run runs one or more instances of a single target program. When --build is passed, it first runs the build command for that target. Valid values for <target-options> differ per target, the API docs explain how to add options for your own targets.

The example below builds and runs the test workload of 401.bzip2 from the SPEC2006 suite, both compiled with Clang but with link-time optimizations disabled and disabled respectively:

./ run --build spec2006 clang clang-lto --test --benchmarks 401.bzip2

The --iterations option specifies the number of times to run the target, to be able to compute a median and standard deviation for the runtime.

Parallel builds and runs

build and run both have the --parallel option that divides the workload over multiple cores or machines. The amount of parallelism is controlled with --parallelmax=N. There are two types:

  • --parallel=proc spawns jobs as processes on the current machine. N is the number of parallel processes running at any given time, and defaults to the number of cores. This is particularly useful for local development of link-time passes where single-threaded linking is the bottleneck. Do use this in conjunction with -j to limit the amount of forked processes per job.
  • --parallel=prun schedules jobs as prun jobs on different machines on the DAS-5 cluster. Here N indicates the maximum number of node reservations of simultaneously scheduled jobs (both running and pending), defaulting to 64 (tailored to the VU cluster). Additional options such as job time can be passed directly to prun using --prun-opts.

The example below builds and runs the C/C++ subset of SPEC2006 with the test workload, in order to test if the myinst instance breaks anything. The machine has 8 cores, so we limit the number of parallel program builds to 8 (which is also the default) and limit the number of build processes per program using -j 2 to avoid excessive context switching:

./ run --build --parallel proc --parallelmax 8 -j 2 \
    spec2006 myinst --test --benchmarks all_c all_cpp

The report command

./ report TARGET RUNDIRS -i INSTANCE ... [--field FIELD:AGGREGATION ...] [--overhead BASELINE]
./ report TARGET RUNDIRS -i INSTANCE --raw
./ report TARGET RUNDIRS --help-fields

report displays a table with benchmark results for the specified target, gathered from a given list of run directories that have been populated by a (parallel) run invocation. Each target defines a number of reportable fields that are measured during benchmarks, which are listed by --help-fields.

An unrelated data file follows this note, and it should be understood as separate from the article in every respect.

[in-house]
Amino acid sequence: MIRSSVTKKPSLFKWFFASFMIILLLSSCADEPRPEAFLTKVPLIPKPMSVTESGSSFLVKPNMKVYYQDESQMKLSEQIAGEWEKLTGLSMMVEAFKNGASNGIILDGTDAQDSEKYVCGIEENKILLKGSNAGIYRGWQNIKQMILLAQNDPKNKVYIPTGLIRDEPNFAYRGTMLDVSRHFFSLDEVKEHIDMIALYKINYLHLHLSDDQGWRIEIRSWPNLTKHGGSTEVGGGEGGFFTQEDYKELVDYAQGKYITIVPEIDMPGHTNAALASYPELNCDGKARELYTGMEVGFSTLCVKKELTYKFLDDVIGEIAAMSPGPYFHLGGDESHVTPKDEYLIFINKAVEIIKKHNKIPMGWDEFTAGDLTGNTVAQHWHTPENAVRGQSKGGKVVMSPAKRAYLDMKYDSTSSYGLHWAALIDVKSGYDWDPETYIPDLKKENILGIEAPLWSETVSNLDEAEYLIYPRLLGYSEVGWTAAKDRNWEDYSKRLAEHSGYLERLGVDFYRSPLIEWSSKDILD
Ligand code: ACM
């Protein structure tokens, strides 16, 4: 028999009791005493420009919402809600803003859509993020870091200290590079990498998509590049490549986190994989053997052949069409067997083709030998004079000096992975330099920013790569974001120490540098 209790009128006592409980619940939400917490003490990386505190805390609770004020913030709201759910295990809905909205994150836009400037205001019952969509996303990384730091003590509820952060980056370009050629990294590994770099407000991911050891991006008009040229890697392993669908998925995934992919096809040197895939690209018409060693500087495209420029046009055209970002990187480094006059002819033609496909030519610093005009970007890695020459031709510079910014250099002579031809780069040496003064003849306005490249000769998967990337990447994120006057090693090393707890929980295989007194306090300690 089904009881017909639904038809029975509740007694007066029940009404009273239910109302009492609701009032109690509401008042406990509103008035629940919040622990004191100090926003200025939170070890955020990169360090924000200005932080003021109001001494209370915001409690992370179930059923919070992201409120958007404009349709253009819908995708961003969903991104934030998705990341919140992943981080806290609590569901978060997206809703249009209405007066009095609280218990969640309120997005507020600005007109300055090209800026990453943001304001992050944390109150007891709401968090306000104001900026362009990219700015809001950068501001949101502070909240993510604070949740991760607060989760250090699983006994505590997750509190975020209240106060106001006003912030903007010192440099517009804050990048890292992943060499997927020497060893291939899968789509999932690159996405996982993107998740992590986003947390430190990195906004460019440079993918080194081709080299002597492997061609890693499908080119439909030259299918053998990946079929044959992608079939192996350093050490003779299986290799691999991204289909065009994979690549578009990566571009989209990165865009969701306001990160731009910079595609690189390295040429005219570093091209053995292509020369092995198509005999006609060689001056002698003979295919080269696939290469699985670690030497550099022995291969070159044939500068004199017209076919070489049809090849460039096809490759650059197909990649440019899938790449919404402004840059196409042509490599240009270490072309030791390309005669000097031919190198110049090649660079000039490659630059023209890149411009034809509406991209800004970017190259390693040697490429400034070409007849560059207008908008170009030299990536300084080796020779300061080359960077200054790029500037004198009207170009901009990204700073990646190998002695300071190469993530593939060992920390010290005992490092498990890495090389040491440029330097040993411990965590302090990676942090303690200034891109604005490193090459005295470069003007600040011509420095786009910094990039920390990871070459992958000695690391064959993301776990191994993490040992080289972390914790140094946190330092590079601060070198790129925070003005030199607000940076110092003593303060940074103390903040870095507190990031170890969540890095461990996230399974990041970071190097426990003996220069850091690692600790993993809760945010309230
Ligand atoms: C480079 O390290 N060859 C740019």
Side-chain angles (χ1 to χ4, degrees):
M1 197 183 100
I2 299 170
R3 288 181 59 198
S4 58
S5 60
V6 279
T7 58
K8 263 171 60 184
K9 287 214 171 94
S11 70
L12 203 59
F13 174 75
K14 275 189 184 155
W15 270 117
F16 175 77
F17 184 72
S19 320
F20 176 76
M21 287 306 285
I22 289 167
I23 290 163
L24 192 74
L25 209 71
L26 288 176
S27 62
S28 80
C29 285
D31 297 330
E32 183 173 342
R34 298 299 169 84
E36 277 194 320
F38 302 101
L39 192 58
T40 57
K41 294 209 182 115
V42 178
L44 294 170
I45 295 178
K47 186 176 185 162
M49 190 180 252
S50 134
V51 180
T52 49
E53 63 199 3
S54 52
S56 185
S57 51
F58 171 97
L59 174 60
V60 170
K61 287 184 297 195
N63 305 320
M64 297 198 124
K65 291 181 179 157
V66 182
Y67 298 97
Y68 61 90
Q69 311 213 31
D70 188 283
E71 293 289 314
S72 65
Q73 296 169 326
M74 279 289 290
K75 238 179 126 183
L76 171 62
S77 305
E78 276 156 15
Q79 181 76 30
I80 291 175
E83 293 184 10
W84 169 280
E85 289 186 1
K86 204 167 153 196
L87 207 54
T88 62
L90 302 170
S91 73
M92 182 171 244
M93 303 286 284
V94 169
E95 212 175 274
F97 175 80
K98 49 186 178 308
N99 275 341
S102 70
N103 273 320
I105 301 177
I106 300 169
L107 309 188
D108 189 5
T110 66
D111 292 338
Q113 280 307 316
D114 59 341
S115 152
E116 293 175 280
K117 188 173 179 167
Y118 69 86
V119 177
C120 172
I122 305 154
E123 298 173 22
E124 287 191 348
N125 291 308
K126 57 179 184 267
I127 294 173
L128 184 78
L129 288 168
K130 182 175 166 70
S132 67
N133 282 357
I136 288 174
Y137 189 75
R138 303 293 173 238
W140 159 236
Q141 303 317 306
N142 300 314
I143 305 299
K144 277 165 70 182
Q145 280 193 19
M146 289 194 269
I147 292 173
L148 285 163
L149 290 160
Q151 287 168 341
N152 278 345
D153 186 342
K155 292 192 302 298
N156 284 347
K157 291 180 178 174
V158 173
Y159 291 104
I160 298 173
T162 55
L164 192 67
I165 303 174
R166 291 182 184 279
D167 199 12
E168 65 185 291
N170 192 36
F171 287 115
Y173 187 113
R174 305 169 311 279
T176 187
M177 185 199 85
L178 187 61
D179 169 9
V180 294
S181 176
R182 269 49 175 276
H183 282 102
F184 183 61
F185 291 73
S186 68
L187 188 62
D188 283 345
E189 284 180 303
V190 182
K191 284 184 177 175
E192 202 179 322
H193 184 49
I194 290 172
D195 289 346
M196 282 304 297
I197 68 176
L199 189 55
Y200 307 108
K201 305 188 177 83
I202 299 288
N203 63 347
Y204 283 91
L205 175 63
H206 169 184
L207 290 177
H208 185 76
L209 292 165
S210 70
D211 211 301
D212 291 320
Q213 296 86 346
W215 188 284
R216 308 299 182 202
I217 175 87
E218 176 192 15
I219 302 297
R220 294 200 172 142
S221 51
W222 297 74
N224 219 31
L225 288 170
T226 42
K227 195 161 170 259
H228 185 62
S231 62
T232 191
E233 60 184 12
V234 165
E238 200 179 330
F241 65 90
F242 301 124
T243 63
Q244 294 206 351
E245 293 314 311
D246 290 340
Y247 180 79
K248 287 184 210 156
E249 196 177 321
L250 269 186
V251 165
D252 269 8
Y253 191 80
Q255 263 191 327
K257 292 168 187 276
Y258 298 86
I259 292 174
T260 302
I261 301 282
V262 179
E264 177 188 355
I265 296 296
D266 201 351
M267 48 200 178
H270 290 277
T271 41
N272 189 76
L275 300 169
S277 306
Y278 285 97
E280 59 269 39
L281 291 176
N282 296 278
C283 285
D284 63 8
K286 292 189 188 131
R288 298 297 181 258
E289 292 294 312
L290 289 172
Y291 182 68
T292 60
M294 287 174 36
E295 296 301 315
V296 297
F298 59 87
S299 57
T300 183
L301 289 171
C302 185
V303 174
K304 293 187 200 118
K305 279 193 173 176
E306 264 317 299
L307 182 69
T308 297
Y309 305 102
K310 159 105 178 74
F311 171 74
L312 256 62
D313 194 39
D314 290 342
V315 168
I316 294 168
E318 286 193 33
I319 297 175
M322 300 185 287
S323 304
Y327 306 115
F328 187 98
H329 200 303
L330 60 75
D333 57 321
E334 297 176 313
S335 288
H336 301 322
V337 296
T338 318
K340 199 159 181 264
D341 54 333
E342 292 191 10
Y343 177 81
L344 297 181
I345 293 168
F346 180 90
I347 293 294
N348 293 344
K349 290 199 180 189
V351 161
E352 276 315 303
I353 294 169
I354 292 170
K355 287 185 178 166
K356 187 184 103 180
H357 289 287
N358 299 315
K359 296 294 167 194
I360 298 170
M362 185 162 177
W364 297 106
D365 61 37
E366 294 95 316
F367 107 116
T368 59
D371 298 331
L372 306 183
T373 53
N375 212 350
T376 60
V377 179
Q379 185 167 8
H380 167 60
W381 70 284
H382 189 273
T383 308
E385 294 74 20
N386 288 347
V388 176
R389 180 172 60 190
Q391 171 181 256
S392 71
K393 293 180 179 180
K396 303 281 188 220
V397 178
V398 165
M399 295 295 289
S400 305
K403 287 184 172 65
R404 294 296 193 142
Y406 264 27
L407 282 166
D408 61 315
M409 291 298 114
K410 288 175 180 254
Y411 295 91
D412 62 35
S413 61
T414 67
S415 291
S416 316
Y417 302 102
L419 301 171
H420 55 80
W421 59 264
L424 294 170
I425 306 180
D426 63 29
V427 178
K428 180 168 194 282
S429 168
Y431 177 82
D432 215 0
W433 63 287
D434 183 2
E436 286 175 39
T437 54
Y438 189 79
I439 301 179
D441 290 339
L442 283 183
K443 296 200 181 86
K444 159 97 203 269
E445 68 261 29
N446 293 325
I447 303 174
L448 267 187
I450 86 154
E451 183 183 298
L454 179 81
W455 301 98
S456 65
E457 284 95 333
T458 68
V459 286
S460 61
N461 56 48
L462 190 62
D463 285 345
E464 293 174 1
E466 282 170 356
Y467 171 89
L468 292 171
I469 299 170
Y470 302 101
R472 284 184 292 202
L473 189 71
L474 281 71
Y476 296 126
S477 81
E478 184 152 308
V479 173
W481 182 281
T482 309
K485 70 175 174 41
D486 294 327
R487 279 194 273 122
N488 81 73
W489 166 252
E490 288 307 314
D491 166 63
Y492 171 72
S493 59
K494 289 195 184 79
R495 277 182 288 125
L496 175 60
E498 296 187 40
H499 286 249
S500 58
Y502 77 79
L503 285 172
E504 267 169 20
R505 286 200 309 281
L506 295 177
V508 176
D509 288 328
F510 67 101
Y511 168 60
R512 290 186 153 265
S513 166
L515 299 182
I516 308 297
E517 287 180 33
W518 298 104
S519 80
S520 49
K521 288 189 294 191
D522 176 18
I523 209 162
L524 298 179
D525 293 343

The report aggregates results by default, grouping them on the default field set by infra.Target.aggregation_field. This can be overridden using the --groupby option. The user must specify an aggregation function for each reported field in the -f|--field option. For instance, suppose we ran the clang and myinst instances of the spec2006 target and want to report the results. First we report the mean runtime and standard deviation to see if the result (“count” shows the number of results):

./ report spec2006 results/run.* -f runtime:count:mean:stdev_percent

Let’s assume the standard deviations are low and the runtimes look believable, so we want to compute the overhead the runtime+memory overheads of the instrumentation added in the myinst instance, compared to the clang instance:

./ report spec2006 results/run.* -i myinst -f runtime:median maxrss:median --overhead clang

Alternatively, the --raw option makes the command output all results without aggregation. This can be useful when creating scatter plots, for example:

./ report spec2006 results/run.* -i myinst -f benchmark runtime maxrss --raw

The config command

./ config --targets
./ config --instances
./ config --packages

config prints information about the setup configuration, such as the registered targets, instances and packages (the union of all registered dependencies).

The pkg-config command

./ pkg-config PACKAGE <package-options>

pkg-config prints information about a single package, such as its installation prefix or, in the case of a library package, the CFLAGS needed to compile a program that uses the library. Each package can define its own options here (see API docs), but there are two defaults:

  • --root returns build/packages/<package>.
  • --prefix returns build/packages/<package>/install.

pkg-config is intended to be used build systems of targets that need to call into the setup script from a different process than the ./ build ... invocation. For example, our skeleton repository uses this to make the Makefile for its LLVM passes stand-alone, allowing developers to run make directly in the llvm-passes/ directory rather than ../ build --packages llvm-passes-skeleton.